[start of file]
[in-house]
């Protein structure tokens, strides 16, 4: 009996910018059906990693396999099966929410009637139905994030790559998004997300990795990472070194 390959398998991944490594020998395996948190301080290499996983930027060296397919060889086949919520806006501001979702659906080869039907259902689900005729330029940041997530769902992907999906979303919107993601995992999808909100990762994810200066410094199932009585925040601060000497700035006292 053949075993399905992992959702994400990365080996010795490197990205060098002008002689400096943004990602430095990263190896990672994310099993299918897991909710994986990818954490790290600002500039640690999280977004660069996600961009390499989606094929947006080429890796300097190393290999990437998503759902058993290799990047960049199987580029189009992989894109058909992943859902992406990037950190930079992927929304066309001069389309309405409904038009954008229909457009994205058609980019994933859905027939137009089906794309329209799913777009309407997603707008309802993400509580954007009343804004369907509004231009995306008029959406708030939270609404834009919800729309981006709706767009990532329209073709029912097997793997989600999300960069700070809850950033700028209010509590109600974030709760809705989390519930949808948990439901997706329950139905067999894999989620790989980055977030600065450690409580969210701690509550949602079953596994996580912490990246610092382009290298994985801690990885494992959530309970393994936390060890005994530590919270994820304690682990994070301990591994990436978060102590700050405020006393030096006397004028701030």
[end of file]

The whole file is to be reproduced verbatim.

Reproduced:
[in-house]
């Protein structure tokens, strides 16, 4: 009996910018059906990693396999099966929410009637139905994030790559998004997300990795990472070194 390959398998991944490594020998395996948190301080290499996983930027060296397919060889086949919520806006501001979702659906080869039907259902689900005729330029940041997530769902992907999906979303919107993601995992999808909100990762994810200066410094199932009585925040601060000497700035006292 053949075993399905992992959702994400990365080996010795490197990205060098002008002689400096943004990602430095990263190896990672994310099993299918897991909710994986990818954490790290600002500039640690999280977004660069996600961009390499989606094929947006080429890796300097190393290999990437998503759902058993290799990047960049199987580029189009992989894109058909992943859902992406990037950190930079992927929304066309001069389309309405409904038009954008229909457009994205058609980019994933859905027939137009089906794309329209799913777009309407997603707008309802993400509580954007009343804004369907509004231009995306008029959406708030939270609404834009919800729309981006709706767009990532329209073709029912097997793997989600999300960069700070809850950033700028209010509590109600974030709760809705989390519930949808948990439901997706329950139905067999894999989620790989980055977030600065450690409580969210701690509550949602079953596994996580912490990246610092382009290298994985801690990885494992959530309970393994936390060890005994530590919270994820304690682990994070301990591994990436978060102590700050405020006393030096006397004028701030």